June 22, 2020

Microsoft will end its video game streaming service, team up with Facebook

Microsoft will end its video game streaming service, team up with Facebook

Microsoft Corp.’s Xbox unit will shut down its Mixer video game streaming service after failing to attract a large global user base and will recommend players and audiences move to Facebook’s streaming site.

The software maker also plans to partner with Facebook on Microsoft’s xCloud mobile game service, which will be widely available by the end of the summer.

Starting July 22, users who visit Mixer will be redirected to Facebook Gaming. The deal was touted as setting off a battle for top gaming talent in the $152 billion video-game industry.

The move comes less than four years after it acquired Beam, the game streaming start-up that Microsoft rebranded to Mixer in 2017. The Beam acquisition followed Amazon’s 2014 acquisition of Twitch, which has remained dominant.

Twitch users spent more time watching people play games, but the increase was not as pronounced for Mixer, despite being smaller, according to an analysis of data from privately held Stream Hatchet by the Streamlabs, a company whose software helps people run their videos on Twitch and other services.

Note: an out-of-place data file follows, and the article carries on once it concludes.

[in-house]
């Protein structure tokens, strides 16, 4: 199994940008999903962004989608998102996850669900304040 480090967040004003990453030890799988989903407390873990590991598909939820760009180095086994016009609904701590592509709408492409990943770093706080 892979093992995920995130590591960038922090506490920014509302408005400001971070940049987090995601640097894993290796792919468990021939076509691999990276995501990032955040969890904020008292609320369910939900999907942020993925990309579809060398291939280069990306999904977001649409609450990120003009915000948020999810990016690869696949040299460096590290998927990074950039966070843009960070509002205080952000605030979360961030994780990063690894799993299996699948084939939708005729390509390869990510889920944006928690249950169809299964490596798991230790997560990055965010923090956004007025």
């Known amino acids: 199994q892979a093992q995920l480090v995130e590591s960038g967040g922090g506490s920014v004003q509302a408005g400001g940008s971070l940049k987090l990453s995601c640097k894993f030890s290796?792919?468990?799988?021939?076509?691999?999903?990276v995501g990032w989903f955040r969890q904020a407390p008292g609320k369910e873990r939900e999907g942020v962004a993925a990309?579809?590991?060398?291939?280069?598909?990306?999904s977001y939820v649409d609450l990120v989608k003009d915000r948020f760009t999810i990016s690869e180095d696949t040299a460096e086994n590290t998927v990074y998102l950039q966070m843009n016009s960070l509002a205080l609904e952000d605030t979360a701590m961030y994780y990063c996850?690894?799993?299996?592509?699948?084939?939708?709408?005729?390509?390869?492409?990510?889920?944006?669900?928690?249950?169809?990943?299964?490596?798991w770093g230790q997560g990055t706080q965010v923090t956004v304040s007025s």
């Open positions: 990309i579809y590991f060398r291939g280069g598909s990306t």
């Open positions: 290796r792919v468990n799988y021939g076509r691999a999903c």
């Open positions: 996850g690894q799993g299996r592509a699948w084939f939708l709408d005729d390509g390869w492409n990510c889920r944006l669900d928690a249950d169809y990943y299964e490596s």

Microsoft sought to grow the Mixer user base by signing deals with major creators, including Tyler “Ninja” Blevins, to come over to the service. Matt Salsamendi, a co-founder of Beam, announced his departure from Microsoft in October 2019.

The Mixer service will remain available through July 22, and after that, the homepage will redirect to the Facebook website. The ability to stream to Mixer from the Xbox One will go away, although gamers will be able to keep streaming to Twitch.

Facebook and Microsoft see opportunities to work together more, including around the cloud streaming service xCloud, which is in preview.

Facebook has spoken with Ninja and others, said Vivek Sharma, the social network’s vice president and head of gaming. Sharma said he is going to let them announce their own plans, although Facebook would love to welcome them. These folks are like multimedia celebrities, he said.

Similarly, Spencer wrote that Microsoft is keen to introduce the ability to let people click to play from Facebook Gaming and Instagram.

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